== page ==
Stanley Ho Hung Sun (pictured) officially retires today (Tuesday) as chairman and as an executive director of Macau casino operator SJM Holdings Ltd, nearly six decades after he first won gaming rights in the Macau market.
Despite SJM Holdings having been listed on the Hong Kong Stock Exchange in 2008, the firm – in common with many mid-cap and large-cap Asian businesses – has retained a family focus from its pre-listing days. It was announced in April that Daisy Ho Chiu Fung, a daughter of Mr Ho by his second consort Lucina Laam King Ying, would be taking over as chairman.
Arnaldo Ho Yau Heng, a son of Mr Ho by his fourth consort Angela Leong On Kei, was recently named as assistant chief operating officer of Sociedade de Jogos de Macau SA, the unit of Hong Kong-listed SJM Holdings Ltd that holds a Macau gaming licence. Angela Leong was named in the April succession plan as a co-chairman of SJM Holdings, as well as remaining as an executive director.
Stanley Ho, who turned 96 in November and is said to have been in poor health since 2009 following a reported fall at his Hong Kong home, has a total of 17 recognised offspring by four consorts.
Lawrence Ho Yau Lung and Pansy Ho Chiu King – both children of his second consort – have carved out independent roles as Macau gaming and hospitality entrepreneurs in their own right. But several investment analysts have recently suggested it is by no means clear that the current balance of family interests within SJM Holdings will be maintained once Stanley Ho exits the stage entirely.
“Stanley Ho is retiring, but leaving more questions than answers behind,” said an April memo from analyst DS Kim at JP Morgan Securities (Asia Pacific) Ltd after the original announcement of the retirement.
“We can’t help but think that the proposed board structure is bit messy, with too many interested parties,” added Mr Kim. “This complicated structure, in our view, leaves room for a potential power tussle within the board, given the lack of clear control.”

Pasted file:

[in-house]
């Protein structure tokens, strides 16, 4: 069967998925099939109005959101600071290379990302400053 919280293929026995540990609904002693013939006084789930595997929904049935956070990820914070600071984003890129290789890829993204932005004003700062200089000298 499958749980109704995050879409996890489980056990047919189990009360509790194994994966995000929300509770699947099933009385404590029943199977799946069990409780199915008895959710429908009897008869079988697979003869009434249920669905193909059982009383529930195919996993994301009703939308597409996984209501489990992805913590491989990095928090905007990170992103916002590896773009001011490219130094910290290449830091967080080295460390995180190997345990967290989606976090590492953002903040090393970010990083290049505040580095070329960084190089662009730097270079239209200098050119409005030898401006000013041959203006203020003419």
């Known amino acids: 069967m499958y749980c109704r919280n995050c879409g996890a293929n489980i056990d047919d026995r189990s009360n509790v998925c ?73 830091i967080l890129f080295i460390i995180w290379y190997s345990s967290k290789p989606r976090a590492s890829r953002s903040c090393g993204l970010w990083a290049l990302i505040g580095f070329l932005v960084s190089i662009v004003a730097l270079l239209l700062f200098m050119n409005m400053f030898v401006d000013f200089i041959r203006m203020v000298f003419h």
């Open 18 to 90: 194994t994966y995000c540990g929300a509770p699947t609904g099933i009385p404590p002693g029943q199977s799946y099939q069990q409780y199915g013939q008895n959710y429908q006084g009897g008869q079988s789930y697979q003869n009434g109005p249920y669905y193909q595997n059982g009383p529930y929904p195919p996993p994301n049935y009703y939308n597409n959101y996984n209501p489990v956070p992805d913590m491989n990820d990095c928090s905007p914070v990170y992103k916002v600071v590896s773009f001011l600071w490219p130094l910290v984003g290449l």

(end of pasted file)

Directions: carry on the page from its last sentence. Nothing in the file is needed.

Analysts have indicated that stability in control of the company is an important factor as it seeks to extend its Macau gaming rights – the current rights expire in 2020 – and works to finish building its first Cotai resort, the HKD36-billion (US$4.6-billion) Grand Lisboa Palace, due to be completed in late 2019.
In March 2011, it was widely reported that Stanley Ho and family members had settled a highly-publicised two-month dispute over control of his interests. The row had included a statement issued in Stanley Ho’s name suggesting that his second consort – mother of Daisy Ho – had colluded with his third one to take over the holding company that controlled the bulk of his assets. They refuted the suggestions.
In the company filing of April this year, marking the leadership reshuffle, as well as Angela Leong being nominated as a co-chairman, fellow board member Timothy Fok Tsun Ting was also named as a co-chairman. The group’s chief executive, Ambrose So Shu Fai, was nominated as vice chairman.
Brokerage Sanford C. Bernstein Ltd said in an April note: “A hydra-like three-headed co-chairman group and the elevation of entrenched management is not an indication that any shake up at the company is forthcoming (as some bulls of the stock have hoped).”
Stanley Ho and his business partners originally won a 40-year monopoly for Macau casino gaming in 1962 via a venture called Sociedade de Turismo e Diversões de Macau SA, also known as STDM.
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Lawrence Ho Yau Lung
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